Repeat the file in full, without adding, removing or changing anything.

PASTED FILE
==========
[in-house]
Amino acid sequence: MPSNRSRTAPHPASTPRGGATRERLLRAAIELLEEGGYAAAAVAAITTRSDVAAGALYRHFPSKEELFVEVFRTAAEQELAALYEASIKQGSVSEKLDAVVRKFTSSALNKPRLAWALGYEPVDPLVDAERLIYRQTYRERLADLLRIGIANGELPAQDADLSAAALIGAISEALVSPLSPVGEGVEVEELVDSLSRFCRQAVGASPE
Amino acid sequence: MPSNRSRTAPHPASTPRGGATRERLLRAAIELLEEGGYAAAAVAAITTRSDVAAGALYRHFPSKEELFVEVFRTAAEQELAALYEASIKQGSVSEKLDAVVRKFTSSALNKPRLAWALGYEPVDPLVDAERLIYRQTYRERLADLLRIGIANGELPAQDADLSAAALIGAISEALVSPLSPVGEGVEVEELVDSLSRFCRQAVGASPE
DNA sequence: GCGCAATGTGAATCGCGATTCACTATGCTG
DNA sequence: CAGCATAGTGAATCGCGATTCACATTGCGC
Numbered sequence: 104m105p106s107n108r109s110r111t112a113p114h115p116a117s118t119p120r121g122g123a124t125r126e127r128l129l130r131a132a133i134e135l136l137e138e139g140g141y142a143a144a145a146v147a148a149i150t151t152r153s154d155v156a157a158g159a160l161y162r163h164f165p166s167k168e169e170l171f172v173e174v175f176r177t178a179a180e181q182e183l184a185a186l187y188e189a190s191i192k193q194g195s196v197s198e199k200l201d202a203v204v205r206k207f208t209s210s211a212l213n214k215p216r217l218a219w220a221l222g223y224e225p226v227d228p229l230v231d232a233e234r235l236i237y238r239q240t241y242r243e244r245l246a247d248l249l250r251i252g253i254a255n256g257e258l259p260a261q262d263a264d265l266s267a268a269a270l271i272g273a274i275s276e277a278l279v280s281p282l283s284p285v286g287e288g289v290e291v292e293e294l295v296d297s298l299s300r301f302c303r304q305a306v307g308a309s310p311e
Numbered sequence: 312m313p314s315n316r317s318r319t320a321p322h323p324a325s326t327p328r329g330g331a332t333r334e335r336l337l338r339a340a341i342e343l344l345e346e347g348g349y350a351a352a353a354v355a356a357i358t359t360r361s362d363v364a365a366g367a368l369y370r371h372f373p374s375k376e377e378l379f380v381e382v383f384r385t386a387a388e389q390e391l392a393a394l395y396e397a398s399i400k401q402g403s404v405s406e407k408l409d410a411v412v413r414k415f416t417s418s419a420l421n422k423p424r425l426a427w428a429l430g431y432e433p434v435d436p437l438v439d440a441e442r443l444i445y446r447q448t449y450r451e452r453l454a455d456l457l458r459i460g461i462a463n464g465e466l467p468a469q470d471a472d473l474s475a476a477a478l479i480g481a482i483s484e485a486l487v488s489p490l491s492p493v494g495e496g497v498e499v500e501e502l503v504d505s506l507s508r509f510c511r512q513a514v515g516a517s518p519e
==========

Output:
[in-house]
Amino acid sequence: MPSNRSRTAPHPASTPRGGATRERLLRAAIELLEEGGYAAAAVAAITTRSDVAAGALYRHFPSKEELFVEVFRTAAEQELAALYEASIKQGSVSEKLDAVVRKFTSSALNKPRLAWALGYEPVDPLVDAERLIYRQTYRERLADLLRIGIANGELPAQDADLSAAALIGAISEALVSPLSPVGEGVEVEELVDSLSRFCRQAVGASPE
Amino acid sequence: MPSNRSRTAPHPASTPRGGATRERLLRAAIELLEEGGYAAAAVAAITTRSDVAAGALYRHFPSKEELFVEVFRTAAEQELAALYEASIKQGSVSEKLDAVVRKFTSSALNKPRLAWALGYEPVDPLVDAERLIYRQTYRERLADLLRIGIANGELPAQDADLSAAALIGAISEALVSPLSPVGEGVEVEELVDSLSRFCRQAVGASPE
DNA sequence: GCGCAATGTGAATCGCGATTCACTATGCTG
DNA sequence: CAGCATAGTGAATCGCGATTCACATTGCGC
Numbered sequence: 104m105p106s107n108r109s110r111t112a113p114h115p116a117s118t119p120r121g122g123a124t125r126e127r128l129l130r131a132a133i134e135l136l137e138e139g140g141y142a143a144a145a146v147a148a149i150t151t152r153s154d155v156a157a158g159a160l161y162r163h164f165p166s167k168e169e170l171f172v173e174v175f176r177t178a179a180e181q182e183l184a185a186l187y188e189a190s191i192k193q194g195s196v197s198e199k200l201d202a203v204v205r206k207f208t209s210s211a212l213n214k215p216r217l218a219w220a221l222g223y224e225p226v227d228p229l230v231d232a233e234r235l236i237y238r239q240t241y242r243e244r245l246a247d248l249l250r251i252g253i254a255n256g257e258l259p260a261q262d263a264d265l266s267a268a269a270l271i272g273a274i275s276e277a278l279v280s281p282l283s284p285v286g287e288g289v290e291v292e293e294l295v296d297s298l299s300r301f302c303r304q305a306v307g308a309s310p311e
Numbered sequence: 312m313p314s315n316r317s318r319t320a321p322h323p324a325s326t327p328r329g330g331a332t333r334e335r336l337l338r339a340a341i342e343l344l345e346e347g348g349y350a351a352a353a354v355a356a357i358t359t360r361s362d363v364a365a366g367a368l369y370r371h372f373p374s375k376e377e378l379f380v381e382v383f384r385t386a387a388e389q390e391l392a393a394l395y396e397a398s399i400k401q402g403s404v405s406e407k408l409d410a411v412v413r414k415f416t417s418s419a420l421n422k423p424r425l426a427w428a429l430g431y432e433p434v435d436p437l438v439d440a441e442r443l444i445y446r447q448t449y450r451e452r453l454a455d456l457l458r459i460g461i462a463n464g465e466l467p468a469q470d471a472d473l474s475a476a477a478l479i480g481a482i483s484e485a486l487v488s489p490l491s492p493v494g495e496g497v498e499v500e501e502l503v504d505s506l507s508r509f510c511r512q513a514v515g516a517s518p519e